Dietary protein and potassium, diet-dependent net acid load, and risk of incident kidney stones.
Clinical journal of the American Society of Nephrology : CJASN.
Adult, Animals, Calcium, Citric Acid, Dairy Products, Dietary Proteins, Female, Follow-Up Studies, Health Surveys, Humans, Hydrogen-Ion Concentration, Incidence, Kidney Calculi, Male, Middle Aged, Oxalic Acid, Potassium, Dietary, Prospective Studies, United States, Uric Acid, Urinalysis, Vegetables
BACKGROUND AND OBJECTIVES: Protein and potassium intake and the resulting diet-dependent net acid load may affect kidney stone formation. It is not known whether protein type or net acid load is associated with risk of kidney stones.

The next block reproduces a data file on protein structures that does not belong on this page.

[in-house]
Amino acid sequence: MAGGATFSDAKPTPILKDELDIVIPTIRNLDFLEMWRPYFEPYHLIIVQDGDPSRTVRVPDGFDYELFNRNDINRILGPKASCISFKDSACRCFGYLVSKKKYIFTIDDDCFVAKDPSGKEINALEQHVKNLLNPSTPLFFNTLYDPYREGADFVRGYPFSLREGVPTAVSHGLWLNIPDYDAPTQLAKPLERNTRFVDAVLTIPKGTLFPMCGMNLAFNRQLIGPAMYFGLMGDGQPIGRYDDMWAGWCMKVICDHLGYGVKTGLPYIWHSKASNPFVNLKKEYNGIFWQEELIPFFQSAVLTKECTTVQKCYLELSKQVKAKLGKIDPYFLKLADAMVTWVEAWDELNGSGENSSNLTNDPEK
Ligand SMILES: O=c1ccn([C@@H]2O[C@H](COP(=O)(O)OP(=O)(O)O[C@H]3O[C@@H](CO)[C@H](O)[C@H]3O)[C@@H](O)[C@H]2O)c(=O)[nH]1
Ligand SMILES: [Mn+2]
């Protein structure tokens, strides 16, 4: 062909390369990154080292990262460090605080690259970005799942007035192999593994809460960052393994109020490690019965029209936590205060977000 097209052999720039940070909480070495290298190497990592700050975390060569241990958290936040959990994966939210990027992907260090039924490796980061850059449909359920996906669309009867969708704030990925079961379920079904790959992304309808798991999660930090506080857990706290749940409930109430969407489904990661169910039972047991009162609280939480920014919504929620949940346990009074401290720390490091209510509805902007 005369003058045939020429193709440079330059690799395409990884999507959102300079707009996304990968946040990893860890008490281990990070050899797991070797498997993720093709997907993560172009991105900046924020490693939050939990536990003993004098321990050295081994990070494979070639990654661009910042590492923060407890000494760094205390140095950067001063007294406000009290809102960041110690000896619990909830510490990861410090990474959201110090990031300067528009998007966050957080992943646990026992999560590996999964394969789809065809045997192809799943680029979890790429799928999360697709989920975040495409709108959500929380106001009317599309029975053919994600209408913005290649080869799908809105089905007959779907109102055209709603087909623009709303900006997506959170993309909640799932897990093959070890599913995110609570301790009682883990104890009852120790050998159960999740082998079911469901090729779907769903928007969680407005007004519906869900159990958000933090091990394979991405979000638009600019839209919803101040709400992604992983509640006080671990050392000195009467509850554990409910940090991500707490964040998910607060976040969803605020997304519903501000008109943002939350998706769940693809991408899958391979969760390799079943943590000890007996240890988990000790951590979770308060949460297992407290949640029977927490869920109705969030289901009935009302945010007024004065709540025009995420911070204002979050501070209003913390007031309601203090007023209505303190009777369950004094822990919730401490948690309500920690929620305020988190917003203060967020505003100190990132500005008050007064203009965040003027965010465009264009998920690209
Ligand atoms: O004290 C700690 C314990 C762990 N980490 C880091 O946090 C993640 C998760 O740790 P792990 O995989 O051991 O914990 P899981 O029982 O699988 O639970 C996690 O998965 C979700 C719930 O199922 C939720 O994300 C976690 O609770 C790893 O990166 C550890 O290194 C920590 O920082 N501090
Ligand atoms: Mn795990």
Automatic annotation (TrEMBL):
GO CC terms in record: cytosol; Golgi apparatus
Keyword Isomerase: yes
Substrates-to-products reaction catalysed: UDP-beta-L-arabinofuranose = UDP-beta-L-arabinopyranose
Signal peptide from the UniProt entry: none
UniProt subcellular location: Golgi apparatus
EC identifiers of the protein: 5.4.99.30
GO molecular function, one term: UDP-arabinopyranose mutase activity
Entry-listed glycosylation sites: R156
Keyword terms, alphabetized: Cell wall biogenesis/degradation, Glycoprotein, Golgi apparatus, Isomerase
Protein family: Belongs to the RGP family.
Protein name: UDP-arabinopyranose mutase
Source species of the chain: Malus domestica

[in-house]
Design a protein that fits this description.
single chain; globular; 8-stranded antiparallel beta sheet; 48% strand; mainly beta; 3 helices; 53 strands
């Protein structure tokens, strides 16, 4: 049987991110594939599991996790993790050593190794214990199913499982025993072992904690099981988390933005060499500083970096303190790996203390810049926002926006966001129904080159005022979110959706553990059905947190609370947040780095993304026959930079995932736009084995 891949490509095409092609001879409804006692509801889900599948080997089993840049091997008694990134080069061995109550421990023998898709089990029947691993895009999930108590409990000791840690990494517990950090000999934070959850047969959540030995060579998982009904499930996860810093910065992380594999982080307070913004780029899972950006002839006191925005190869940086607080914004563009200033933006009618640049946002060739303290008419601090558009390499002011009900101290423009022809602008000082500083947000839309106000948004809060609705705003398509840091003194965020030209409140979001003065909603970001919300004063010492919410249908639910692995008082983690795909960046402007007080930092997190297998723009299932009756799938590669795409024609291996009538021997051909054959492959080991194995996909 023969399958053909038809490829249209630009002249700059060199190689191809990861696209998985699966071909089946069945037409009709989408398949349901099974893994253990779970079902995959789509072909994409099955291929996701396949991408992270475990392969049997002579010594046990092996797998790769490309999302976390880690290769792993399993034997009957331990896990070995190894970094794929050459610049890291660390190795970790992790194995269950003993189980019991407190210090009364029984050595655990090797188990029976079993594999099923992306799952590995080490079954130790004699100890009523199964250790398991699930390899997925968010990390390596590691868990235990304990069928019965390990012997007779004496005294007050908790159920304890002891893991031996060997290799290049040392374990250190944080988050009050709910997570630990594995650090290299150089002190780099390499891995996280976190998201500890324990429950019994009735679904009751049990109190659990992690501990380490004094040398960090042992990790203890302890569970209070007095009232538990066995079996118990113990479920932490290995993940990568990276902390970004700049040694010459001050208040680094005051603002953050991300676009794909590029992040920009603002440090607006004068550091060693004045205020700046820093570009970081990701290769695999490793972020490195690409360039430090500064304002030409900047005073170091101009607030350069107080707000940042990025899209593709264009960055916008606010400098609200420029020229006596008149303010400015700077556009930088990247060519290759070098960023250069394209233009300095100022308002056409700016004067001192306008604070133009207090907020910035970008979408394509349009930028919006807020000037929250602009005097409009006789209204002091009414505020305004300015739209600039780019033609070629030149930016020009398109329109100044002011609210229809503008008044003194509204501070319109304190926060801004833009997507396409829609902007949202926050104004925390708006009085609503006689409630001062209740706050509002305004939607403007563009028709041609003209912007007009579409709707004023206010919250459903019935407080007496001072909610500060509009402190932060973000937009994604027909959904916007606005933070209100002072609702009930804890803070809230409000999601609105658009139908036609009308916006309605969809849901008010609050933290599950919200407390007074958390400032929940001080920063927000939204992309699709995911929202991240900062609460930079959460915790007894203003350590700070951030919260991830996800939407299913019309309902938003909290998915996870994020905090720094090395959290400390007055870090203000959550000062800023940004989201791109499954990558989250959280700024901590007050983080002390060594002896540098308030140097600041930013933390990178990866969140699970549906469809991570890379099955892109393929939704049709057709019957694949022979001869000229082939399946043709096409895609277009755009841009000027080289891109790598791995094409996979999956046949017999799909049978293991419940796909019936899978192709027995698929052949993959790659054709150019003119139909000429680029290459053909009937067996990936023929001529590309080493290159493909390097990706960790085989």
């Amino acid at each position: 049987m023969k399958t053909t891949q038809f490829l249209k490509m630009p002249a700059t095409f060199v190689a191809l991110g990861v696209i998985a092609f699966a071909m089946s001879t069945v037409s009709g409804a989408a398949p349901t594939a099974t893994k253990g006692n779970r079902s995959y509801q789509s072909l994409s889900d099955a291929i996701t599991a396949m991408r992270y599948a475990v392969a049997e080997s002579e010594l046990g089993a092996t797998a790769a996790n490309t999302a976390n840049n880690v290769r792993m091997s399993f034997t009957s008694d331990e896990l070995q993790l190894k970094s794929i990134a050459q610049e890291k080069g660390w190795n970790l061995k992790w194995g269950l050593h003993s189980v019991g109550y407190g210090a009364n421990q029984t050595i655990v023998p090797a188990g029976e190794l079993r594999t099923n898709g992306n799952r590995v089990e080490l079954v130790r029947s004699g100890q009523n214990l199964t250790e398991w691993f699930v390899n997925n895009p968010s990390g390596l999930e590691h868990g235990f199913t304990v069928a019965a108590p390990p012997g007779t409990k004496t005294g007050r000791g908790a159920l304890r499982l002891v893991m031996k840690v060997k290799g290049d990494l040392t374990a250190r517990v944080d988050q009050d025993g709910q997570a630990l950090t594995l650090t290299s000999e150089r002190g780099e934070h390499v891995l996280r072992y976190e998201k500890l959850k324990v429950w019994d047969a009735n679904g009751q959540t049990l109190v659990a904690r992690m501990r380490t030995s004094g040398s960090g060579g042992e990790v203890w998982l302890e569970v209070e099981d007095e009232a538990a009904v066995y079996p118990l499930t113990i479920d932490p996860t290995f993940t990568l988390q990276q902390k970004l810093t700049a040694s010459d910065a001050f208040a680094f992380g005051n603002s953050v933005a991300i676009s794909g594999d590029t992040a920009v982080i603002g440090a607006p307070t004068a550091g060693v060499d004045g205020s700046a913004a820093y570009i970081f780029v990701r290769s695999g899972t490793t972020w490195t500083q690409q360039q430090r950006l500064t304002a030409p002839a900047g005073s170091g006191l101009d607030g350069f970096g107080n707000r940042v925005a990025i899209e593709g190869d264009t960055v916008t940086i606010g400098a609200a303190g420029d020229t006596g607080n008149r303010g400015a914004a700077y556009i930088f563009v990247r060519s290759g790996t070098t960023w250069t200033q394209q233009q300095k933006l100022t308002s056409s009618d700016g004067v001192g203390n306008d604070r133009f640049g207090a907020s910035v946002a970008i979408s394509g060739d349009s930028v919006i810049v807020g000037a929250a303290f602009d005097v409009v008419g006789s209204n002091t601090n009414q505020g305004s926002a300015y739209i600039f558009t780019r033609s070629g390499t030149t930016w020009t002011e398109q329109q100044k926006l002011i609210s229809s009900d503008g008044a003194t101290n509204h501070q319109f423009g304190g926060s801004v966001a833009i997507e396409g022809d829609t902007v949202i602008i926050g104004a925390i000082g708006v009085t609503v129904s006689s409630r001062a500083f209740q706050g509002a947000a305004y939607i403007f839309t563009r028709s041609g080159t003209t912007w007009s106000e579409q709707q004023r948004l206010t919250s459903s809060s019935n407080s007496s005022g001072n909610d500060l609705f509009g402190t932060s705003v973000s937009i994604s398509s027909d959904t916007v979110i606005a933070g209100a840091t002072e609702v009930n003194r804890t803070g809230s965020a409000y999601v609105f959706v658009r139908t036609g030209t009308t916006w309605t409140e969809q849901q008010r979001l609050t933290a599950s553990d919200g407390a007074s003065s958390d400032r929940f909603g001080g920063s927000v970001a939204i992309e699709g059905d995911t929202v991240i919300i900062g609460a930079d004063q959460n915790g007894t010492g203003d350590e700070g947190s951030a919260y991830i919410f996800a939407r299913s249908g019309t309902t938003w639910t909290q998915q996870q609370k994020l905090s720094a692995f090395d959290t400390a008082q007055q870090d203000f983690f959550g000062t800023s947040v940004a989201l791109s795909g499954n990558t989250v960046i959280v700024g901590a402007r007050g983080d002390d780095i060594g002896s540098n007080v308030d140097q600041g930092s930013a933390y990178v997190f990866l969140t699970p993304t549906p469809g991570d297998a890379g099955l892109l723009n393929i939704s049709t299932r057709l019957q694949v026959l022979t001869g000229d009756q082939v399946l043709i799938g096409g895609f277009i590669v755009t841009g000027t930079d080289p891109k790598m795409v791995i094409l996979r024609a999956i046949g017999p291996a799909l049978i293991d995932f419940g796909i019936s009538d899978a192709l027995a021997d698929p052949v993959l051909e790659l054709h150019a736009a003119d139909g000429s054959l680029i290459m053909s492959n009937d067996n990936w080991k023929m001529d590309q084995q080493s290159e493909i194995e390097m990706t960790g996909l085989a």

DESIGN, SETTING, PARTICIPANTS, & MEASUREMENTS: We prospectively examined intakes of protein (dairy, nondairy animal, and vegetable), potassium, and animal protein-to-potassium ratio (an estimate of net acid load) and risk of incident kidney stones in the Health Professionals Follow-Up Study (
RESULTS: During 3,108,264 person-years of follow-up, there were 6308 incident kidney stones. Dairy protein was associated with lower risk in the Nurses' Health Study II (hazard ratio for highest versus lowest quintile, 0.84; 95% confidence interval, 0.73 to 0.96;
CONCLUSIONS: Kidney stone risk may vary by protein type. Diets high in potassium or with a relative abundance of potassium compared with animal protein could represent a means of stone prevention.
Ferraro, Pietro Manuel; Mandel, Ernest I; Curhan, Gary C; Gambaro, Giovanni; and Taylor, Eric N., "Dietary protein and potassium, diet-dependent net acid load, and risk of incident kidney stones." (2016). Maine Medical Center. 265.